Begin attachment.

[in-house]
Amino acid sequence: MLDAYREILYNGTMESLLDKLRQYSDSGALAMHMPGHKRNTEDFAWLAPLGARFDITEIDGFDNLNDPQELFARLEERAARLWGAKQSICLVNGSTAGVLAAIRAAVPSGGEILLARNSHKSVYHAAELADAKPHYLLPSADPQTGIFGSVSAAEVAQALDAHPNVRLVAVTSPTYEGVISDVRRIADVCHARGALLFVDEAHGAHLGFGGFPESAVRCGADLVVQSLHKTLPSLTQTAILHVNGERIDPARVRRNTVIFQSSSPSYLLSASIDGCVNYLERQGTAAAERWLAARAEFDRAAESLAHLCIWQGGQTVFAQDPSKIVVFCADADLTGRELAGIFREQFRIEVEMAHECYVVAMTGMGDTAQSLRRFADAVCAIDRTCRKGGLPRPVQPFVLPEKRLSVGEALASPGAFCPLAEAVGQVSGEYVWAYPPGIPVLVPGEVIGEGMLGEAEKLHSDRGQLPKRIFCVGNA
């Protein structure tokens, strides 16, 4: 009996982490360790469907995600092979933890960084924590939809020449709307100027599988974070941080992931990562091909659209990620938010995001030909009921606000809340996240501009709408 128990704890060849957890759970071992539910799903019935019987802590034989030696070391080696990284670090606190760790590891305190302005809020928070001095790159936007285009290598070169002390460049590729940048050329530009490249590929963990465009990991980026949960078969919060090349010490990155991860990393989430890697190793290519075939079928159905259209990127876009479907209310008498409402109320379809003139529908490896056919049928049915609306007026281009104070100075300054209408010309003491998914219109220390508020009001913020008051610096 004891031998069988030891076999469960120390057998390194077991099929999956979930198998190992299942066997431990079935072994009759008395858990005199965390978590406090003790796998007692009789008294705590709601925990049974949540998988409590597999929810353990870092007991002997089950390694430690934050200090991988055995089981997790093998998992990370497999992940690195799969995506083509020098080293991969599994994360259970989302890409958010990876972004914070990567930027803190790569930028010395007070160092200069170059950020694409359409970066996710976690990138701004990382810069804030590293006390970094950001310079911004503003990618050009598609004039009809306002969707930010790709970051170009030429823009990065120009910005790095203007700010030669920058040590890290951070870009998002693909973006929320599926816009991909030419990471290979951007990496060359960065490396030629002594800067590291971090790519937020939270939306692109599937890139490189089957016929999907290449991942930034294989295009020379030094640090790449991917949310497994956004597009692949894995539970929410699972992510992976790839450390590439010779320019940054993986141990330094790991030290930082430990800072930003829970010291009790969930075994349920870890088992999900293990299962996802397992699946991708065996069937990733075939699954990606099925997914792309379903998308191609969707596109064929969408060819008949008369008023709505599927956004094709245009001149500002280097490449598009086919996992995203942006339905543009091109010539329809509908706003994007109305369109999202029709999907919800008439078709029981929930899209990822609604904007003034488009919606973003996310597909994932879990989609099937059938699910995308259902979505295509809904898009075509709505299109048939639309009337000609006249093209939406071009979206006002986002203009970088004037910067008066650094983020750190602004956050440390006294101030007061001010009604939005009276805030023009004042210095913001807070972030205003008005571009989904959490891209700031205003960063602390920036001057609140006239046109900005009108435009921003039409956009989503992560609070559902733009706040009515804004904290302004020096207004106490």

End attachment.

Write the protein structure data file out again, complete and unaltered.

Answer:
[in-house]
Amino acid sequence: MLDAYREILYNGTMESLLDKLRQYSDSGALAMHMPGHKRNTEDFAWLAPLGARFDITEIDGFDNLNDPQELFARLEERAARLWGAKQSICLVNGSTAGVLAAIRAAVPSGGEILLARNSHKSVYHAAELADAKPHYLLPSADPQTGIFGSVSAAEVAQALDAHPNVRLVAVTSPTYEGVISDVRRIADVCHARGALLFVDEAHGAHLGFGGFPESAVRCGADLVVQSLHKTLPSLTQTAILHVNGERIDPARVRRNTVIFQSSSPSYLLSASIDGCVNYLERQGTAAAERWLAARAEFDRAAESLAHLCIWQGGQTVFAQDPSKIVVFCADADLTGRELAGIFREQFRIEVEMAHECYVVAMTGMGDTAQSLRRFADAVCAIDRTCRKGGLPRPVQPFVLPEKRLSVGEALASPGAFCPLAEAVGQVSGEYVWAYPPGIPVLVPGEVIGEGMLGEAEKLHSDRGQLPKRIFCVGNA
């Protein structure tokens, strides 16, 4: 009996982490360790469907995600092979933890960084924590939809020449709307100027599988974070941080992931990562091909659209990620938010995001030909009921606000809340996240501009709408 128990704890060849957890759970071992539910799903019935019987802590034989030696070391080696990284670090606190760790590891305190302005809020928070001095790159936007285009290598070169002390460049590729940048050329530009490249590929963990465009990991980026949960078969919060090349010490990155991860990393989430890697190793290519075939079928159905259209990127876009479907209310008498409402109320379809003139529908490896056919049928049915609306007026281009104070100075300054209408010309003491998914219109220390508020009001913020008051610096 004891031998069988030891076999469960120390057998390194077991099929999956979930198998190992299942066997431990079935072994009759008395858990005199965390978590406090003790796998007692009789008294705590709601925990049974949540998988409590597999929810353990870092007991002997089950390694430690934050200090991988055995089981997790093998998992990370497999992940690195799969995506083509020098080293991969599994994360259970989302890409958010990876972004914070990567930027803190790569930028010395007070160092200069170059950020694409359409970066996710976690990138701004990382810069804030590293006390970094950001310079911004503003990618050009598609004039009809306002969707930010790709970051170009030429823009990065120009910005790095203007700010030669920058040590890290951070870009998002693909973006929320599926816009991909030419990471290979951007990496060359960065490396030629002594800067590291971090790519937020939270939306692109599937890139490189089957016929999907290449991942930034294989295009020379030094640090790449991917949310497994956004597009692949894995539970929410699972992510992976790839450390590439010779320019940054993986141990330094790991030290930082430990800072930003829970010291009790969930075994349920870890088992999900293990299962996802397992699946991708065996069937990733075939699954990606099925997914792309379903998308191609969707596109064929969408060819008949008369008023709505599927956004094709245009001149500002280097490449598009086919996992995203942006339905543009091109010539329809509908706003994007109305369109999202029709999907919800008439078709029981929930899209990822609604904007003034488009919606973003996310597909994932879990989609099937059938699910995308259902979505295509809904898009075509709505299109048939639309009337000609006249093209939406071009979206006002986002203009970088004037910067008066650094983020750190602004956050440390006294101030007061001010009604939005009276805030023009004042210095913001807070972030205003008005571009989904959490891209700031205003960063602390920036001057609140006239046109900005009108435009921003039409956009989503992560609070559902733009706040009515804004904290302004020096207004106490």